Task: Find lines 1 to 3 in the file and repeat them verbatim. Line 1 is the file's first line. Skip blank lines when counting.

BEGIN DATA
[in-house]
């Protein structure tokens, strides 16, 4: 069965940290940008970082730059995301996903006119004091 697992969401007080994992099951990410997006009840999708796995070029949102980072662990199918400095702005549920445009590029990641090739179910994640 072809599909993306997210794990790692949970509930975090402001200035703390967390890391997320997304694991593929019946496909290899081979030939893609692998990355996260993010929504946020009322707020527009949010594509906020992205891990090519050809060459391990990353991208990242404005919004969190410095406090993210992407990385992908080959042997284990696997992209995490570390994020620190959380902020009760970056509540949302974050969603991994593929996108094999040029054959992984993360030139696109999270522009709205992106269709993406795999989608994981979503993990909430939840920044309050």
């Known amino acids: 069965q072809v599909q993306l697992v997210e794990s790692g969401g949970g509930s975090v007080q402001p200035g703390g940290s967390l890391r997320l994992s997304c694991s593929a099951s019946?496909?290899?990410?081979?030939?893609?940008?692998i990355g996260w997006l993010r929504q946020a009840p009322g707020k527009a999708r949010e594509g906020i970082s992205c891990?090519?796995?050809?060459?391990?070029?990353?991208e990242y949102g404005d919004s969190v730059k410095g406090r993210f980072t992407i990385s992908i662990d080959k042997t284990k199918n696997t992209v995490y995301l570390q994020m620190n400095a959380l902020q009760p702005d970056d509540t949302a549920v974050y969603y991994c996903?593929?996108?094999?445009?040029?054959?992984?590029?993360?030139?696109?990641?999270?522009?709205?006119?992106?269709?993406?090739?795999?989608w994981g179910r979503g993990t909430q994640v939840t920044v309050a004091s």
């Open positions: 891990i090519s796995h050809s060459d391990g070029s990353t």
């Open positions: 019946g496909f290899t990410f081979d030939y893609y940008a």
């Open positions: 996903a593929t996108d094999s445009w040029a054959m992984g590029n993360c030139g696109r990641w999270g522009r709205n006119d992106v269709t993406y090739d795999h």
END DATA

[in-house]
């Protein structure tokens, strides 16, 4: 069965940290940008970082730059995301996903006119004091 697992969401007080994992099951990410997006009840999708796995070029949102980072662990199918400095702005549920445009590029990641090739179910994640 072809599909993306997210794990790692949970509930975090402001200035703390967390890391997320997304694991593929019946496909290899081979030939893609692998990355996260993010929504946020009322707020527009949010594509906020992205891990090519050809060459391990990353991208990242404005919004969190410095406090993210992407990385992908080959042997284990696997992209995490570390994020620190959380902020009760970056509540949302974050969603991994593929996108094999040029054959992984993360030139696109999270522009709205992106269709993406795999989608994981979503993990909430939840920044309050």
């Known amino acids: 069965q072809v599909q993306l697992v997210e794990s790692g969401g949970g509930s975090v007080q402001p200035g703390g940290s967390l890391r997320l994992s997304c694991s593929a099951s019946?496909?290899?990410?081979?030939?893609?940008?692998i990355g996260w997006l993010r929504q946020a009840p009322g707020k527009a999708r949010e594509g906020i970082s992205c891990?090519?796995?050809?060459?391990?070029?990353?991208e990242y949102g404005d919004s969190v730059k410095g406090r993210f980072t992407i990385s992908i662990d080959k042997t284990k199918n696997t992209v995490y995301l570390q994020m620190n400095a959380l902020q009760p702005d970056d509540t949302a549920v974050y969603y991994c996903?593929?996108?094999?445009?040029?054959?992984?590029?993360?030139?696109?990641?999270?522009?709205?006119?992106?269709?993406?090739?795999?989608w994981g179910r979503g993990t909430q994640v939840t920044v309050a004091s």